Family names Reading Ielts Answers and Questions

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IELTS reading passage – Family names

Family names

Any specialized study of words and language, including the study of people’s names, nearly always has an esoteric name. This science is termed anthroponomastics (Anthropos is the word for man, and onoma is the word for name), but this word will not be useful to you in any way. Nonetheless, everyone has a name, and many have several. If one explores the origins of an odd family name back far enough, one will always find a formative logic that deserves attention. In the end, this is the name that people will carry throughout their lives (name changes excluded) and pass on to their offspring.

In early Britain, individuals lived in small agricultural hamlets, where they stayed for the whole of their lives, and had only one name. Being the only person in the hamlet with the name “John” enabled that single title to distinguish that individual from all others. If some other John existed, one might simply add some description to his name, such as ‘John the carpenter’ or ‘John near the hill,’ or ‘John, Peter’s son.’ Such modifications were usually transient and not passed to descendants. Of course, life was not meant to be so straightforward.

As the population of townships grows, as people become more mobile, and as invading armies flow in both directions, issues arise. In England, the adoption of family names (or surnames or second names) did not occur at once, although 1379 is a suitable place to start. This was only when the government formed a poll tax, the management of which needed a list of all adult citizens of the kingdom. Suddenly, there was an overwhelming amount of Johns to handle. To address this issue, the subsequent Additions Statute (1413) required that all names be accompanied by the holder’s profession and residence location. Eventually, fixed and heritable family names would be required as a result of this increasing bureaucracy.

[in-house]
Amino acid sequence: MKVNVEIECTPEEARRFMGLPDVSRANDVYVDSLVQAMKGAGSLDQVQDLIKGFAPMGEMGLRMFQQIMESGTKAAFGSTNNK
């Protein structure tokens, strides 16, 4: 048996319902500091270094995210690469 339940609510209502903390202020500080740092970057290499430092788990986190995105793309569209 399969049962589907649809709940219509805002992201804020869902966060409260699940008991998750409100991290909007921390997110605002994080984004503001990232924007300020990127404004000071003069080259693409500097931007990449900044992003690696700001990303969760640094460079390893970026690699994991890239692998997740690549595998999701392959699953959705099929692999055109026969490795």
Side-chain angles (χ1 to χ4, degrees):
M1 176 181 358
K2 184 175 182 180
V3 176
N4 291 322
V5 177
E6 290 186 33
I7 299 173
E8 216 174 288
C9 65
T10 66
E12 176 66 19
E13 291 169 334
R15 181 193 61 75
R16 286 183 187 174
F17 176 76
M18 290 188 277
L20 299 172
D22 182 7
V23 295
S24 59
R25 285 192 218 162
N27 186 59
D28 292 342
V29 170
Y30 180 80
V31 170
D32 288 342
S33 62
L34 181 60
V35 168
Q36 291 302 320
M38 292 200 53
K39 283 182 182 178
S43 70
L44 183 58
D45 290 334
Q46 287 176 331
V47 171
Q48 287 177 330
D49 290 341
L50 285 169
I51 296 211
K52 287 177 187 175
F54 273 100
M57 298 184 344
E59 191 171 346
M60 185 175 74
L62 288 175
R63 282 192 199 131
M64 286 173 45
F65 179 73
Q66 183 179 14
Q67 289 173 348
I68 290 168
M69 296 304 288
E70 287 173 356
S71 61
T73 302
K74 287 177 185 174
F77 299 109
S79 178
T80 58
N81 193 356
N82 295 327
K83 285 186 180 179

There were numerous procedures used to determine these names. The most obvious option was to utilize the place of residence, even though people, for example, Wickham, could not all adopt the surname “Wickham” without generating obvious misunderstanding. This, however, did not stop Leonardo da Vinci (from Vinci) from becoming the town’s most known export. In England, family names may also be based on personal beliefs (such as Mope, Christian, and Godley) or physical characteristics, such as Armstrong, Short, and Brown. These names are frequently masked by their Gaelic origin. Kennedy means “ugly head” whereas Guilfoyle means “follower of (Saint) Paul.”

Names such as Smith, Butcher, and Carpenter were frequently taken from the profession or occupation of the bearers. Many of these refer to obsolete professions, including Fletcher (arrow maker), Cooper (barrel maker), and Heyward (fence maintainer). Sometimes, a person’s name was derived from geographical elements around his or her place of residence. Similarly, there are Hill, Bush, Underwood (meaning “under the wood”), Eastlake, and Bridges, among others. Eventually, names frequently reflected family links, as the son of Peter became ‘Peter’s son’ and then ‘Peterson’. There are also Johnson, Harrison, and Robertson. Mac was utilized in Scots, resulting in MacDonald, MacPherson, and others.